Orrick Antitrust & Competition partner Alex Okuliar has co-authored an article in the European Competition Journal with Greg Sivinski, Assistant General Counsel in the Competition Law Group at Microsoft, and Lars Kjolbye, a partner at Latham & Watkins in Brussels, in which they propose a framework to determine the competitive significance of data. The framework first considers whether the parties own or control the relevant data. The second consideration is whether the relevant data is commercially available as a product or as an input for products of downstream competitors. The third consideration is whether the relevant data is proprietary to the owner’s or controller’s products or services and a competitively critical input. The last consideration is whether reasonably available substitutes for the relevant data exist or whether the data is unique.
The article can be accessed here.
As more internet users entrust their personal data to operators of websites, operators’ use of this “Big Data” has become a growing concern. As a result, government agencies around the world are grappling with whether and how to regulate “Big Data” in the context of social networking websites. This includes some competition authorities that are trying to expand their purview by using competition laws to regulate “Big Data” in the context of social media. The possibility that competition authorities around the world may try to become super regulators of “Big Data” should be of concern to all operators of social networking websites.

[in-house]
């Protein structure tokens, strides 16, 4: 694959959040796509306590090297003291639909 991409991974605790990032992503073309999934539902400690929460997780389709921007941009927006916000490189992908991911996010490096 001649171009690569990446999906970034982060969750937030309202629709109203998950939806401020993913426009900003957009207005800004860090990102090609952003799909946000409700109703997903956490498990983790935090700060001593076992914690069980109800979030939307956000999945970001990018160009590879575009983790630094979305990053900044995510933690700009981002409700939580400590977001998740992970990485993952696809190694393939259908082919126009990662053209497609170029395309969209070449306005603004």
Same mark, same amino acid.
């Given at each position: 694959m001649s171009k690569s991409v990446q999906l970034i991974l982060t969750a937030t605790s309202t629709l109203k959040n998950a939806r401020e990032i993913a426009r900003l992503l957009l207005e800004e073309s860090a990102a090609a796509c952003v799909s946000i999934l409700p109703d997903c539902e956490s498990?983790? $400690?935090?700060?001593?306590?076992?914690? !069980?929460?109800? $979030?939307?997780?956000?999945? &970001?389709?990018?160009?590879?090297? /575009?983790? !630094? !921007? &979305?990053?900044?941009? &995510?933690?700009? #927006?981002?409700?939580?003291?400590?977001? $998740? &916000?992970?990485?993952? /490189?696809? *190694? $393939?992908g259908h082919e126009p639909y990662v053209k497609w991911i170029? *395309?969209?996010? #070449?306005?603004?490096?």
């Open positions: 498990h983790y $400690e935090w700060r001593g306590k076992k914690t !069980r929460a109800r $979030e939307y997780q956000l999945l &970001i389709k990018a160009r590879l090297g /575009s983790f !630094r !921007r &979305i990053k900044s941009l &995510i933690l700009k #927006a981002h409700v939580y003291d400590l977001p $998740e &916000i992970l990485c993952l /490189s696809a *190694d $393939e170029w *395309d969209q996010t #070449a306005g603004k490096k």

A case in point is the German competition authority (FCO), which in March 2016 initiated proceedings against one of the most popular social networking sites – Facebook – purportedly based on a concern that it may have infringed data protection rules. Since the case is the first of its kind in Europe, the outcome – which is expected before the end of the year – is awaited with great interest.
On June 6, 2017, a committee within Japan’s Fair Trade Commission published a report on competition policy and big data. The report is based on a concern that dominance of big data by certain major technology companies could impede competition and innovation, and addresses how Japan’s Antitrust Act (Act) could be applied in this context.
A main focus of the report is how certain cases of “collection of data” and “use of data” could trigger antitrust issues. READ MORE